Eric Church Celebrates 11 Year Anniversary Of Chart-Topping Album “Chief”

The hitmaker honors his career-altering record "Chief" on social media with his loyal Church Choir.

It has been officially 11 years since country music star Eric Church released his third studio album, “Chief.” The platinum-selling performer took to social media on Tuesday (July 26) to honor the collection that changed the trajectory of his music career.

Church broke into the genre with his 2006 debut record “Sinners Like Me,” placing his name on the map with tracks “How ’Bout You,” “Guys Like Me,” and “Two Pink Lines.” The country outlaw star kept up the positive momentum with his critically acclaimed LP, “Carolina.” However, it wasn’t until his 11-song collection “Chief” in 2011 that he reached maximum stardom.

“11 years of Chief…. what’s your favorite song on the album?” wrote Church alongside a video featuring the cover art.

His devoted fan base the “Church Choir” was quick to respond, as they rattled off tracks from the fan-favorite collection. The catalog includes smash hits such as – “Drink In My Hand,” “Springsteen,” “Like Jesus Does,” “Over When It’s Over,” “I’m Gettin’ Stoned,” and more.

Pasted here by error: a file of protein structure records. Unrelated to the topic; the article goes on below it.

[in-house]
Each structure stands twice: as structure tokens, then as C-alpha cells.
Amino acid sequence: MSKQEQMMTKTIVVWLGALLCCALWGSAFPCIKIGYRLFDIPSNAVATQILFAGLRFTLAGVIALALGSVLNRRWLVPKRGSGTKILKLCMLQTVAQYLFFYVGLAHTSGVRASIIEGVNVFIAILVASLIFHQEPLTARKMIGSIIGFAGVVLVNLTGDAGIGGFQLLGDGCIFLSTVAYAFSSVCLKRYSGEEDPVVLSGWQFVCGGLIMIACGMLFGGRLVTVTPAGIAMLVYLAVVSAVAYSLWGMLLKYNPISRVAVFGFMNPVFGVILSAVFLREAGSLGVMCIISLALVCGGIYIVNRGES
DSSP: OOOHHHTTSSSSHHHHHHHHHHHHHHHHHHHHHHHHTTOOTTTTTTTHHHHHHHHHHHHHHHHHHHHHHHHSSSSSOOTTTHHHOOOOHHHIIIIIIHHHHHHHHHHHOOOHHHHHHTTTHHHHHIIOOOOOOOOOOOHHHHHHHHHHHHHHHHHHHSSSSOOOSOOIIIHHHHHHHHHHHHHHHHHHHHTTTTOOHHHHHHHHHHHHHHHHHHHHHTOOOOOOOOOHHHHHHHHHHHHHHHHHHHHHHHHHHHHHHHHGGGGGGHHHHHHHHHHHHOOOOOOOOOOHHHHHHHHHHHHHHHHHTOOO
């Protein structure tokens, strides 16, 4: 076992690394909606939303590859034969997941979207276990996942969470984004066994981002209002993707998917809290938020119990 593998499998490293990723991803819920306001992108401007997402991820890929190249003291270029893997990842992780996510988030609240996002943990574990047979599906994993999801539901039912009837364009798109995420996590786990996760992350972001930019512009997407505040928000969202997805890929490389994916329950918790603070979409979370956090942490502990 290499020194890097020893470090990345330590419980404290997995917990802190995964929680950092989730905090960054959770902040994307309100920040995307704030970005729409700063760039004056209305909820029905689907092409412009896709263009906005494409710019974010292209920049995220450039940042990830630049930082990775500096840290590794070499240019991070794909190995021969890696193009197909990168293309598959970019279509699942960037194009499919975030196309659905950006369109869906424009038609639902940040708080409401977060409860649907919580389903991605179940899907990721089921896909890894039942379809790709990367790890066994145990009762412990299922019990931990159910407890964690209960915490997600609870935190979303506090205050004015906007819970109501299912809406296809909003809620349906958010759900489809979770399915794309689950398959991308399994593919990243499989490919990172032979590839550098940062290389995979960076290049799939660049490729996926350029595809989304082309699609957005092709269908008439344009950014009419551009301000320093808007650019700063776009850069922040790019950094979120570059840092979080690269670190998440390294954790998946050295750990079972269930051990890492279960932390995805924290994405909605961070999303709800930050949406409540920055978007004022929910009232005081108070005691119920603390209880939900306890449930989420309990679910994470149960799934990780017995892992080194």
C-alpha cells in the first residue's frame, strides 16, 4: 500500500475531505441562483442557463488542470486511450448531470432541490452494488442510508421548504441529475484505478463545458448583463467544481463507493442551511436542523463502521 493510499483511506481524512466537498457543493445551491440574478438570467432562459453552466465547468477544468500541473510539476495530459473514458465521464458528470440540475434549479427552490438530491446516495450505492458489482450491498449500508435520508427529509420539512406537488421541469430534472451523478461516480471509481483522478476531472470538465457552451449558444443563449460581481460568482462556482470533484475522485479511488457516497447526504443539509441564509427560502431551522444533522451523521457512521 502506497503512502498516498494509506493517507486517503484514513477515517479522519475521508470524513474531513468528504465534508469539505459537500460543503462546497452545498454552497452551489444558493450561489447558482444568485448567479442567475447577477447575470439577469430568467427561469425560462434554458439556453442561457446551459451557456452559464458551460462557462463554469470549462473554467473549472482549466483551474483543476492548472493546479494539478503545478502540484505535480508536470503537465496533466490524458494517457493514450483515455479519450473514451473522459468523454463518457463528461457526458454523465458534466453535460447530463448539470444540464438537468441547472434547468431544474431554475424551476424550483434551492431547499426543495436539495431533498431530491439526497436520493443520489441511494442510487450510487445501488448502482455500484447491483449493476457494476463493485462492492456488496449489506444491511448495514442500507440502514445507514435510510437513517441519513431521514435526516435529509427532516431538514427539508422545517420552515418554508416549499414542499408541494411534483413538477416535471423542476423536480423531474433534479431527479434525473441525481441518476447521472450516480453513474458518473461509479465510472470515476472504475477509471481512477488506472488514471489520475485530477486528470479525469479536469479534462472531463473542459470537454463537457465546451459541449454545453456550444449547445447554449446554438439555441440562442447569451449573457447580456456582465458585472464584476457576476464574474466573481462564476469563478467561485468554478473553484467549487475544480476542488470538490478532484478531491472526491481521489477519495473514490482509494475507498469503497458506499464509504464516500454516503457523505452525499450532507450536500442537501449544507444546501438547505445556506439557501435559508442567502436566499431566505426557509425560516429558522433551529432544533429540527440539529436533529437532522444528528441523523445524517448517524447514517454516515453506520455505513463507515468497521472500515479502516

“I absolutely love every song on the ’Chief’ album. One of my favorite albums. Happy 11 years of Chief❤️❤️,” said a follower. “’Springsteen’ hands down. One of the first country songs I’ve heard. Been hooked on country ever since. Thank you for the memories,” said another.

Church sold 144,990 “Chief” albums and scored the No.1 spot on Billboard’s Country and Top 200 charts. In 2011, the well-rounded record was the second highest-selling behind Brad Paisley. Church received his first GRAMMY nomination for Best Country Album for “Chief” as well. Within the same year, the Academy of Country Music dubbed him as the “Top New Solo Vocalist.”

Following the release, the megastar told the Tallahassee Democrat that he reached a whole new demographic with “Chief” and grew his supportive community.

“We were in the top-album-of-the-year lists in Rolling Stone, Spin, and on NPR,” Church recalled in 2012 to the publication. “I was surprised but happy. It’s gratifying for me because it’s breaking down genres. We’re reaching people who don’t normally listen to country.”

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